Sciatica Pain Management Aiea HI

Because so many nerve impulses run along the sciatic pathway, you may not actually feel the pain where it originates. Instead, for example, you may have an intense pain in your hip only to discover that the nerve is pinched somewhere near your knee.

Dr.Gregory Dammann
(808) 433-2460
1 Jarrett White Road
Honolulu, HI
Gender
M
Speciality
Sports Medicine
General Information
Accepting New Patients: Yes
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5.0, out of 5 based on 1, reviews.

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Peter B. t. Lum
(808) 432-0000
3288 Moanalua Rd
Honolulu, HI
Specialty
Physical Medicine and Rehabilitation

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Coswin K Saito
(808) 432-0000
3288 Moanalua Rd
Honolulu, HI
Specialty
Physical Medicine and Rehabilitation

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Dennis Michael Crowley, MD
(808) 538-7700
94-200 Iokoo Pl Apt E
Waipahu, HI
Specialties
Physical Medicine & Rehabilitation, Sports Medicine-Pediatrics
Gender
Male
Education
Medical School: Creighton Univ Sch Of Med, Omaha Ne 68178
Graduation Year: 1968

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Robert Suki Kagawa
(808) 523-8611
321 N Kuakini St
Honolulu, HI
Specialty
Sports Medicine

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Maria B Patten
(808) 432-7450
2828 Paa St
Honolulu, HI
Specialty
Physical Medicine and Rehabilitation

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Burt E Moritz
(808) 342-4698
3288 Moanalua Rd
Honolulu, HI
Specialty
General Practice, Sports Medicine

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Merle K Miura-Akamine
(808) 432-7450
2828 Paa St
Honolulu, HI
Specialty
Physical Medicine and Rehabilitation

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Ton M Chiang
(808) 566-3766
226 N Kuakini St
Honolulu, HI
Specialty
Physical Medicine and Rehabilitation

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Dr.Robert Kagawa
(808) 523-8611
321 N Kuakini St # 201
Honolulu, HI
Gender
M
Education
Medical School: Univ Of Hi John A Burns Sch Of Med
Year of Graduation: 1987
Speciality
Sports Medicine
General Information
Hospital: Queens Med Ctr, Honolulu, Hi
Accepting New Patients: Yes
RateMD Rating
3.0, out of 5 based on 2, reviews.

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Sciatica Pain

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By Linda Sparrowe

Quite literally a pain in the rear end for millions of people, sciatica is hard to diagnose and equally puzzling to treat. The sciatic nerve, a thick conduit that’s anchored in the sacrum (the back of the pelvis), runs from the lower spine through the deep layers of the buttock muscles and down the back of each leg to the heel. Irritation (inflammation) or pressure anywhere along the nerve can produce pain—from a tingling sensation or a dull ache on the outside of your foot to an intense knee-buckling pain in your buttocks. Generally speaking, however, “true” sciatica will radiate down the leg all the way past the knee.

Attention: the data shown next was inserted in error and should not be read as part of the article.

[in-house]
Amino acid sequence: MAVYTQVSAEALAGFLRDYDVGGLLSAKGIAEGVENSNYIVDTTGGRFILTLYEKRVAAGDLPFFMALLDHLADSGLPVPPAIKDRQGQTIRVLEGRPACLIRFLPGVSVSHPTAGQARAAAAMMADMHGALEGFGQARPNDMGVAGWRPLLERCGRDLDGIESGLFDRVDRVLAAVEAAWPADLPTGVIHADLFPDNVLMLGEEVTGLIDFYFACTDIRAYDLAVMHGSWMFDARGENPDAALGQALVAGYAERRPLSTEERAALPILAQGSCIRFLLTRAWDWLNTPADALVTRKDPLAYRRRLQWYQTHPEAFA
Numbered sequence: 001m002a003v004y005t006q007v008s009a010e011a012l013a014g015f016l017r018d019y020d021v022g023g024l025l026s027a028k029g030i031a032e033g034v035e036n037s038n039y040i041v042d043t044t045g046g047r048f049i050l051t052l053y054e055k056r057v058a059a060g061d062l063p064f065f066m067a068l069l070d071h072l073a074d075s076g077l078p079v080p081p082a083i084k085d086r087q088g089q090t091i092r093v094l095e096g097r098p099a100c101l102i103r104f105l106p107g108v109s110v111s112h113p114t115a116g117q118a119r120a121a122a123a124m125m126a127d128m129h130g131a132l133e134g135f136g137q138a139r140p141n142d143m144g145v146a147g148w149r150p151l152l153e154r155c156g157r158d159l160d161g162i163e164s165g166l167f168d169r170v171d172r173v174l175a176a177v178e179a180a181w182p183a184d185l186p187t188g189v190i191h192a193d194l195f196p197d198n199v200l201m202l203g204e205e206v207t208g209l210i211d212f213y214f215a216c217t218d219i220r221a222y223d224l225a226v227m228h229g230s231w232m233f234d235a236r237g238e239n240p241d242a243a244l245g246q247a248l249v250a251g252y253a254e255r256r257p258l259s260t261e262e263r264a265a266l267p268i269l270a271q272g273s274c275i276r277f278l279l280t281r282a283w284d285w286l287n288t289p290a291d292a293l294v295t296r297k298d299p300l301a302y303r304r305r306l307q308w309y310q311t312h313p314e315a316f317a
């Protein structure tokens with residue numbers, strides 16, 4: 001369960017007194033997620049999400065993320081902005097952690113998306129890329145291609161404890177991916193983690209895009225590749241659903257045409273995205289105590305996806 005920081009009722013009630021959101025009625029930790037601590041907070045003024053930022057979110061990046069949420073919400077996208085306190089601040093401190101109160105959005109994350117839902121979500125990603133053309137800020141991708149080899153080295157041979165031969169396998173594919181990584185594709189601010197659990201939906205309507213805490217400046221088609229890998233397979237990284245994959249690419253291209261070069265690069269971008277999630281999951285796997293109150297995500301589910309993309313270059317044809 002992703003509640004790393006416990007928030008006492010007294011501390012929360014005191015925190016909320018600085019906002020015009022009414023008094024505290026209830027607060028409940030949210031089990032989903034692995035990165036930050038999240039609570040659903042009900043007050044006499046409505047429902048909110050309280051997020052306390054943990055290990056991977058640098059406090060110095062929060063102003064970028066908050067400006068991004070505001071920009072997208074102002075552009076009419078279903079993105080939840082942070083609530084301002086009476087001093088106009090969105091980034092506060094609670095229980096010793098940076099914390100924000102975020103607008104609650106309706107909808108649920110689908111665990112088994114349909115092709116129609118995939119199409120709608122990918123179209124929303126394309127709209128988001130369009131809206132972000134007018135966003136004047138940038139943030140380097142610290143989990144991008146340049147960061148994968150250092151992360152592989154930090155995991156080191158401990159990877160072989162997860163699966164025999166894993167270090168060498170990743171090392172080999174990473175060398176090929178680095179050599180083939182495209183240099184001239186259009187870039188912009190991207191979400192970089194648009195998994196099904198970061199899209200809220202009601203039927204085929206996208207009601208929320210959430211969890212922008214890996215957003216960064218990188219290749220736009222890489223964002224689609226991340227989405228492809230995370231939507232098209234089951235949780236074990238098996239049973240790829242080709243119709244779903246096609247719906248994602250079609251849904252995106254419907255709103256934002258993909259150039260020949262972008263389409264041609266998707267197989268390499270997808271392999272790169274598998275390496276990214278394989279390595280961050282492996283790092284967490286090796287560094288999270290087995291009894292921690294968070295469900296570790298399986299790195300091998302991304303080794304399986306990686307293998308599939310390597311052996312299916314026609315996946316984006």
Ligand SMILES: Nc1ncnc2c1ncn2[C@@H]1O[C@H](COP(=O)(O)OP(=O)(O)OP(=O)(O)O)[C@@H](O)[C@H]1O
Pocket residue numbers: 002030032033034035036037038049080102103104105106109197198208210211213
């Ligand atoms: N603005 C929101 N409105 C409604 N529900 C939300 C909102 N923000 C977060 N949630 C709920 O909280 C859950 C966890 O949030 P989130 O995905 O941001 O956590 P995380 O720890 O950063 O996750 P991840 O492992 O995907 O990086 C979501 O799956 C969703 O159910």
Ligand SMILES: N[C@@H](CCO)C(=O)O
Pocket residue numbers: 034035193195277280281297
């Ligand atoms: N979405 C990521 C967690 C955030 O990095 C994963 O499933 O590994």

Because so many nerve impulses run along the sciatic pathway, you may not actually feel the pain where it originates. Instead, for example, you may have an intense pain in your hip only to discover that the nerve is pinched somewhere near your knee. Or you could feel a dull persistent ache in your outer calf that could very well stem from an overly tight muscle in your hip or buttock.

No one comes down with a case of sciatica without suffering from other imbalances in the body. The most common causes of sciatic pain include disk compression, particularly on the lumbar spine (lower back), and piriformis syndrome. The piriformis, a strong muscle that helps externally rotate the top of the leg and stabilize the pelvis, attaches at one end to the sacrum and then runs directly over the sciatic nerve to connect to the femur bone. If the piriformis muscle gets wound too tight, it can press down on the nerve and create a burning sensation that begins deep in the buttocks and radiates down your leg. Dancers, especially those who stand or dance with their feet turned out, often suffer from an overly tight piriformis; so do bicyclists and runners. Poor posture from sitting all day, slumped at your computer, can also aggravate the situation.

Yoga to the rescue According to Elise Browning Miller, a senior Iyengar teacher who specializes in yoga for back care, yoga can act as a double-edged sword when it comes to sciatica. “Certain yoga poses can alleviate sciatica,” says Miller, author of the DVD Yoga for Scoliosis (Shanti, 2003), “because they help create space in the spine” and improve posture, both of which can relieve compressed or herniated disks. Yoga can also gently stretch and release the piriformis muscle and open up your hips. But if you overstretch, “yoga can actually cause more inflammation,” she cautions, and make things worse. And yoga should never cause you pain nor aggravate the situation.

So, if your sciatic pain stems from a tight piriformis muscle, work indirectly, Miller says. Don’t go deep into the piriformis by doing a series of hip stretches. Instead, Miller suggests the following:
∗ Do poses that create space in your back and hips without overstretching.
∗ Stay away from twists and forward bends until you’re symptom-free.
∗ Use props such as a wall or straps to create trac...

Author: Linda Sparrowe

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